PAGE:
There are a large number of Aboriginal rock paintings and carvings along the stock route. As more and more people visit the area each year, custodians of the Western Desert have become concerned about the protection and management of Aboriginal sites along the route. In 2007, researchers from the Australian National University began a project to draw up the first comprehensive plan of management for the entire Canning Stock Route. The project aimed to develop a series of modules to inform detailed guides and signs for visitors, while also protecting sites that have special significance for Indigenous peoples.
The Canning Stock Route has a strong connection to the story of Aboriginal art in the Western Desert. When droving along the stock route led to many family groups dispersing to the edges of the desert, communities were established in missions, towns, stations and settlements, and it was here that contemporary painting movements flourished.
In 2006, West Australian independent cultural organisation FORM instigated a contemporary arts and cultural initiative to "explore the complex history of the Canning Stock Route through the prism of contemporary Aboriginal art". Partnerships among nine art centres and communities with direct connections to the stock route region were set up. The project involved several years of research by FORM in collaboration with Aboriginal artists and their art centres and organisations.
A major part of the project's program of bush work was a six-week, 1850-kilometre desert journey from Wiluna to Billiluna. During this trip, and in follow-up workshops and other trips, 80 artists created a collection of paintings, contemporary cultural objects and documentary material.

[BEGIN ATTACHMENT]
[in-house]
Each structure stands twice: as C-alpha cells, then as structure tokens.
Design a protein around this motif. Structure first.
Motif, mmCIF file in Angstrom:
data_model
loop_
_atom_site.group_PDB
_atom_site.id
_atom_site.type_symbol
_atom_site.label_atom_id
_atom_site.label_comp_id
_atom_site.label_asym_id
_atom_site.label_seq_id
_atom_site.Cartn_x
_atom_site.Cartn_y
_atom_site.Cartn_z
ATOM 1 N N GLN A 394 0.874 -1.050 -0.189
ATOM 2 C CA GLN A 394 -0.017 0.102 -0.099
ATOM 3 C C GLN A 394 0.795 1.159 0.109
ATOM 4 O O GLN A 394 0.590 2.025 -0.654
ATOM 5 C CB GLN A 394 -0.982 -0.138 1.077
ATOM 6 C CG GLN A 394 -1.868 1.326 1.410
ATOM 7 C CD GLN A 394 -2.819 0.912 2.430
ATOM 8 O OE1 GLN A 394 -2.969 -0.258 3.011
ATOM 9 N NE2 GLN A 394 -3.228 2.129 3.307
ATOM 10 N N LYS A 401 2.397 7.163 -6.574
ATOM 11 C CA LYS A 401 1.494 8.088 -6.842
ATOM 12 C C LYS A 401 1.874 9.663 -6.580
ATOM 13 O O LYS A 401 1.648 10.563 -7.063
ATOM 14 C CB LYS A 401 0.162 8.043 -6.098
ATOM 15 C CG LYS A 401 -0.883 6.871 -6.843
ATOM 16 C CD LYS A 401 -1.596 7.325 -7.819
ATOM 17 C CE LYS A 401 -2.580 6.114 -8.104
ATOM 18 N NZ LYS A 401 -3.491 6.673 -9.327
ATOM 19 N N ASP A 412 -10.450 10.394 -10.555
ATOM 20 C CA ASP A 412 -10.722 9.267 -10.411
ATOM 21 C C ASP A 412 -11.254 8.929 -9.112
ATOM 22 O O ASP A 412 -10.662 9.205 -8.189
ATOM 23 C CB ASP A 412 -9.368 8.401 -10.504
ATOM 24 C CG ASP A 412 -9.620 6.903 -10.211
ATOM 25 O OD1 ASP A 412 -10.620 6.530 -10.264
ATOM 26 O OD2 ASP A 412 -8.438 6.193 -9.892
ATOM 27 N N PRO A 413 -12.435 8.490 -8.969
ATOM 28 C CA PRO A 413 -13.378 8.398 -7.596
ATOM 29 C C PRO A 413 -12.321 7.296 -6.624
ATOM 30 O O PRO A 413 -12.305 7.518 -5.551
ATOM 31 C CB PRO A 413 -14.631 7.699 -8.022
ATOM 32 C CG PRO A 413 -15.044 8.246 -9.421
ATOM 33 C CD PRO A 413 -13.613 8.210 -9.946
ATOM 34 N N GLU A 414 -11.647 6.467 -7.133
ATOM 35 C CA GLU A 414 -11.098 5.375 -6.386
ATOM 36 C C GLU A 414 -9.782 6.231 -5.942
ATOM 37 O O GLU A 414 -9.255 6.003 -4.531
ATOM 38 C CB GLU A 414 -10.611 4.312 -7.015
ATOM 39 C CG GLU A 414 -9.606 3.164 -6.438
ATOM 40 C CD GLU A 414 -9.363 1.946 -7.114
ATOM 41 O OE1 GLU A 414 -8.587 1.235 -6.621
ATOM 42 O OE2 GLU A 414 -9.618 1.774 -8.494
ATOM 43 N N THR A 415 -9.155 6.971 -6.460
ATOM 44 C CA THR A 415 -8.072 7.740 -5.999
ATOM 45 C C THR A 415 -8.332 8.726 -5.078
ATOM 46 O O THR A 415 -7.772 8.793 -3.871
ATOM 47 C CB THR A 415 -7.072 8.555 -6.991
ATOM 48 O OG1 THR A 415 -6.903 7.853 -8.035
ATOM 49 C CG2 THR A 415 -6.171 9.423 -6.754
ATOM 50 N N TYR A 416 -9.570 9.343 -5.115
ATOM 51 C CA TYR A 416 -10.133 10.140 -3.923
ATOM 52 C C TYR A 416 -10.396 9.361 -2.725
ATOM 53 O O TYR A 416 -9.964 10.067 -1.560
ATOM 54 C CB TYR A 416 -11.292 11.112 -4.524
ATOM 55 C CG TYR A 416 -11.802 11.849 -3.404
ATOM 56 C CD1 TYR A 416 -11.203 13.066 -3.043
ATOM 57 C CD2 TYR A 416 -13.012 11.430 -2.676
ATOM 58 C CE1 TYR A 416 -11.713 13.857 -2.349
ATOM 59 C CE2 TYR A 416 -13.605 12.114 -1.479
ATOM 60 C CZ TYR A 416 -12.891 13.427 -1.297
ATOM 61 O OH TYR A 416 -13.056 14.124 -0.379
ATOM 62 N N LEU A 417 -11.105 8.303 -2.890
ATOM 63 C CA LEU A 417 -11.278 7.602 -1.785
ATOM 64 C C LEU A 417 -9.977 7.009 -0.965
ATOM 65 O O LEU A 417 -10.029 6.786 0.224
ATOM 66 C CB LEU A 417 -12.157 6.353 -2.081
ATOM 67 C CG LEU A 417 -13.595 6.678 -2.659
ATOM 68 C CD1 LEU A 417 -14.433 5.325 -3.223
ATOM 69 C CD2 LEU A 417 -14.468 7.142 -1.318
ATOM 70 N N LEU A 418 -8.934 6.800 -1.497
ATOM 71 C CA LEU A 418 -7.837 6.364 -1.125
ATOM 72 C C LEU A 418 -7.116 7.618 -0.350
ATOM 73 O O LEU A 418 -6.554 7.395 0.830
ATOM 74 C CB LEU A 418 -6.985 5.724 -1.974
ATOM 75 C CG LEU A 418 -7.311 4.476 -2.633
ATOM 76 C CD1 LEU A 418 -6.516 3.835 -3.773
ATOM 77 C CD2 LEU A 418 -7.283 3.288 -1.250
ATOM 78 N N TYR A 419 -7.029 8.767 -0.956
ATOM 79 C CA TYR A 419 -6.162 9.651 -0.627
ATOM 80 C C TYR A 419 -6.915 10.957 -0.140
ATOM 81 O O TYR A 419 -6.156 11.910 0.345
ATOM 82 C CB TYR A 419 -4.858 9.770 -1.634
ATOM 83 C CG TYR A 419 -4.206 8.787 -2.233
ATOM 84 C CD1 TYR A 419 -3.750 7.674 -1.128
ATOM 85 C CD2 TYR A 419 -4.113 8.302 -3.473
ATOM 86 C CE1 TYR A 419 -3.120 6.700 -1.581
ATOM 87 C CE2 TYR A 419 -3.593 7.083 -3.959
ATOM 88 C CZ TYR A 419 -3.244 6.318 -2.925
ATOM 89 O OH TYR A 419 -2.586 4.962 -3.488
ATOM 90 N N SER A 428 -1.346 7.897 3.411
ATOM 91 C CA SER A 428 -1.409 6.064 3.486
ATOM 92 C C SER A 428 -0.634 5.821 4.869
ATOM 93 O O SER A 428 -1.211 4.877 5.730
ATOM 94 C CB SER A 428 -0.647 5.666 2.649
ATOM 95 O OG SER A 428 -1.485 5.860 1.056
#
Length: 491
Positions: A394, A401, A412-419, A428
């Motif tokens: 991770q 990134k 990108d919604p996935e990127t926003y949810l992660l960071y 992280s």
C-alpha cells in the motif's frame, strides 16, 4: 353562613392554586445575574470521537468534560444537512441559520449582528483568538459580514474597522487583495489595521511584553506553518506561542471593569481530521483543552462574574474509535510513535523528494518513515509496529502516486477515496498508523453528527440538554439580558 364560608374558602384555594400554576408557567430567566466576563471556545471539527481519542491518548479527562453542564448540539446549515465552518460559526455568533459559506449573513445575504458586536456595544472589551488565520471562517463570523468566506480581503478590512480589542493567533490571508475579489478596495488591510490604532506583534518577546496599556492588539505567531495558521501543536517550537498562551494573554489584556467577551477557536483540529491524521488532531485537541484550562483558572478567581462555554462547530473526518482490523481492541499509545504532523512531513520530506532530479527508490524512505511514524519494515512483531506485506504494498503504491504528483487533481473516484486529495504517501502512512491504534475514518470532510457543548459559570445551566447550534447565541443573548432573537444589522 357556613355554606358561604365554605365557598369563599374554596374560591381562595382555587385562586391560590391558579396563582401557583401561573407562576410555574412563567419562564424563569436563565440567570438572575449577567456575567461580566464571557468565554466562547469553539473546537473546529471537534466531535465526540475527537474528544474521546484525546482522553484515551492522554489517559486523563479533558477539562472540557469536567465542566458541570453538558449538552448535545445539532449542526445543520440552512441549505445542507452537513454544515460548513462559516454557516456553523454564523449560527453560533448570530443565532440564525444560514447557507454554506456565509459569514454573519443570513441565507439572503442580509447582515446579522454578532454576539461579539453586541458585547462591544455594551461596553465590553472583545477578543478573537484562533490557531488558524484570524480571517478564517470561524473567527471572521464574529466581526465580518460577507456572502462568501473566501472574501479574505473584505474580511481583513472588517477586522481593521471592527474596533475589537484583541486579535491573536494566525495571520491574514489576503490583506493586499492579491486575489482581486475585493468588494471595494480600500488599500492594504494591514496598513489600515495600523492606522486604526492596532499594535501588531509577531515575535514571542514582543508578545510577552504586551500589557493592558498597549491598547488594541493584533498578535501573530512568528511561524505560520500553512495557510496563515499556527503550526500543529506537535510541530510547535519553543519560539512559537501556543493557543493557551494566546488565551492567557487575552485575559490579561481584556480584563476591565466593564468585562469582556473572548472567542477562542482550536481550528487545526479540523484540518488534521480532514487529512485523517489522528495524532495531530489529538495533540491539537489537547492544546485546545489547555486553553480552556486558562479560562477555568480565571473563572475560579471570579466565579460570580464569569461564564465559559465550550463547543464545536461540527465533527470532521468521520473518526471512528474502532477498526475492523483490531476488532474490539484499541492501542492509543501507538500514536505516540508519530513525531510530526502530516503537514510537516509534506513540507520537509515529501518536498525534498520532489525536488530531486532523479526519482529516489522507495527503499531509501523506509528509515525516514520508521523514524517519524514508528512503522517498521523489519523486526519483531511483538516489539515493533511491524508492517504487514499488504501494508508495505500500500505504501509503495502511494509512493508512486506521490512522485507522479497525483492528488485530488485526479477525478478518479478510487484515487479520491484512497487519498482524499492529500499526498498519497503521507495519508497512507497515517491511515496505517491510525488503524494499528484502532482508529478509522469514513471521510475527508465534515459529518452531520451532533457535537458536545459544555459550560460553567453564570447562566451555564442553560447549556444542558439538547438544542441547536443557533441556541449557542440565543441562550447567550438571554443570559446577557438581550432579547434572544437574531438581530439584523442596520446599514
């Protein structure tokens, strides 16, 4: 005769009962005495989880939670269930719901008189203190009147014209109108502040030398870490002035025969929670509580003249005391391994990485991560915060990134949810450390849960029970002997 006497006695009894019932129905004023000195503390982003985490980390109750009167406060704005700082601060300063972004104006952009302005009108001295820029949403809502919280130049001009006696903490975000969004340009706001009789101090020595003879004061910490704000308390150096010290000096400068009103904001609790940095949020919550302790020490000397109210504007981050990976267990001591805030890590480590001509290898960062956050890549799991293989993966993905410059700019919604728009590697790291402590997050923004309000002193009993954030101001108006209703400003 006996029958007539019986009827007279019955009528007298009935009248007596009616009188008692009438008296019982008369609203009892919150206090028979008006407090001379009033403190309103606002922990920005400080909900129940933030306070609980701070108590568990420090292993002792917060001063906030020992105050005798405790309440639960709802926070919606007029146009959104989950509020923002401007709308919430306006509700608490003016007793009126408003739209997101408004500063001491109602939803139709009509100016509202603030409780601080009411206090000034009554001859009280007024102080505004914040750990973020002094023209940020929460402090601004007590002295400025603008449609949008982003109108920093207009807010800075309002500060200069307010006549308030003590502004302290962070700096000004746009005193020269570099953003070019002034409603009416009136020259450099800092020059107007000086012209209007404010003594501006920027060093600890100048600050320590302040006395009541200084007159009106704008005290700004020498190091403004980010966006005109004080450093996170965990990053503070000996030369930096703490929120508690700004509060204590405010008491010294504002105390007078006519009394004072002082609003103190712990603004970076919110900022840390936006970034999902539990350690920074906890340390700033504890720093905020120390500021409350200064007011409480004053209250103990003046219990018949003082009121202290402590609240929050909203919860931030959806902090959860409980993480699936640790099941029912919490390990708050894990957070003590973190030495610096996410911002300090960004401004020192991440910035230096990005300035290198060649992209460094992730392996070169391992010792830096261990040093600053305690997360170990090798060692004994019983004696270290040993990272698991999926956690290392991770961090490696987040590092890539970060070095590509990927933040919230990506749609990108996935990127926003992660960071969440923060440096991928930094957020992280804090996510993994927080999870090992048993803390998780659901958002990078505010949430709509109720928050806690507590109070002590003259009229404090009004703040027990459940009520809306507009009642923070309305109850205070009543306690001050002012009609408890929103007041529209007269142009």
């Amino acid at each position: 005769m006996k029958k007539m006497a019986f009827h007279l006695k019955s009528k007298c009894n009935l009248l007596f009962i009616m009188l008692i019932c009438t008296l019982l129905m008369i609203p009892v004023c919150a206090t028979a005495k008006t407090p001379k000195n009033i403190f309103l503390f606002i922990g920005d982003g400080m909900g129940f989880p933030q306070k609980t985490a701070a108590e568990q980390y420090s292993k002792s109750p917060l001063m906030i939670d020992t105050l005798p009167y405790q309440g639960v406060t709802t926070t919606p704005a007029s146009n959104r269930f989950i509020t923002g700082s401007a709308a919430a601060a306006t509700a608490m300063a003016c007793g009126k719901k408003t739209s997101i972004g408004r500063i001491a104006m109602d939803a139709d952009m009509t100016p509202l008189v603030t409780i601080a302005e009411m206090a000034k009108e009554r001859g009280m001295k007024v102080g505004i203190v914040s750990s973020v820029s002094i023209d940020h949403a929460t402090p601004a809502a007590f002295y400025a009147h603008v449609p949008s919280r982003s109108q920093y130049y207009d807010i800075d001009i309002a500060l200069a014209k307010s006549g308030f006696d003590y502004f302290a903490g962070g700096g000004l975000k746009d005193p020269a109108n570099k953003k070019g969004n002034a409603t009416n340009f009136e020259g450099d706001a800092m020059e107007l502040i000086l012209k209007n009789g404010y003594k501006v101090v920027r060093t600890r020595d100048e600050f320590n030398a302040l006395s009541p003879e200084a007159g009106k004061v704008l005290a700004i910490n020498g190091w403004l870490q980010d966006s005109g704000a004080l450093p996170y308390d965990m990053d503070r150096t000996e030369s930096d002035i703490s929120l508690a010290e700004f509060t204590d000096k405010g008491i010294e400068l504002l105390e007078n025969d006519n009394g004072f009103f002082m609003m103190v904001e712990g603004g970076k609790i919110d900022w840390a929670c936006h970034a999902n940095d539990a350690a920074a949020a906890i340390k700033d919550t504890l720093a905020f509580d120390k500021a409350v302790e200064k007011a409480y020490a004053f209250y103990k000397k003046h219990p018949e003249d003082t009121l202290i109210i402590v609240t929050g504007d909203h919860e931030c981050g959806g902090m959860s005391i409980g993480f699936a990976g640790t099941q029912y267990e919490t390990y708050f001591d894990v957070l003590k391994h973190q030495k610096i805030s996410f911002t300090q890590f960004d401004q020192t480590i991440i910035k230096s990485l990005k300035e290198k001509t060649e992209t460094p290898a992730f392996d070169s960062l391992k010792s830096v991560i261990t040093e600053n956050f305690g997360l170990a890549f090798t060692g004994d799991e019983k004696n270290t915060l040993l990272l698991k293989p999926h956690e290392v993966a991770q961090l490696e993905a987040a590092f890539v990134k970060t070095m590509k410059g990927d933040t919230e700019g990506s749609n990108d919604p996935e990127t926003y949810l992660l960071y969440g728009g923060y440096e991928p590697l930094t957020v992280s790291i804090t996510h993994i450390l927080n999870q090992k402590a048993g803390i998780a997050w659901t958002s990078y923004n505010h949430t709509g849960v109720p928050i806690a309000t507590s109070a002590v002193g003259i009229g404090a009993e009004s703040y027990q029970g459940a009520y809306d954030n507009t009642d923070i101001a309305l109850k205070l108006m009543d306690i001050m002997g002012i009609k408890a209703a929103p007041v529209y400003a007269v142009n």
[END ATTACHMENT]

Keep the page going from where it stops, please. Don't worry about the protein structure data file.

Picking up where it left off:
The historical and artistic value of the project was recognised in 2008 when the National Museum of Australia decided to acquire the entire Canning Stock Route Project collection.
The National Museum of Australia acquired a significant collection of artworks and other material collected by the 60 artists who travelled along the Canning Stock Route on a six-week return to country trip in 2007 as part of the Canning Stock Route Project. The Canning Stock Route collection includes over 100 works of art, 120 oral histories, historical research, social and cultural data, artists' biographies, 20,000 photographs and over 200 hours of film footage.
One of the key aims of the Canning Stock Route Project was the development of a travelling exhibition. The National Museum of Australia committed to assisting FORM to develop an exhibition. Yiwarra Kuju (One Road) – The Canning Stock Route, a joint initiative between the National Museum of Australia and FORM, was held at the museum from July 2010 to January 2011. The exhibition used works of art and stories to tell the story of the stock route's impact on Aboriginal people from an Aboriginal perspective. When it closed in January 2011, Yiwarra Kuju – The Canning Stock Route had been the most successful exhibition in the history of the Museum, with over 120,000 visitors.
The nearest capital city to the Wiluna starting point of the route is Perth, 958 km (595 mi) south west of Wiluna by road. Then to return to Perth via sealed roads from Halls Creek it's 2,857 km (1,775 mi) Including the Canning route this gives a total driving distance of 5,665 km (3,520 mi).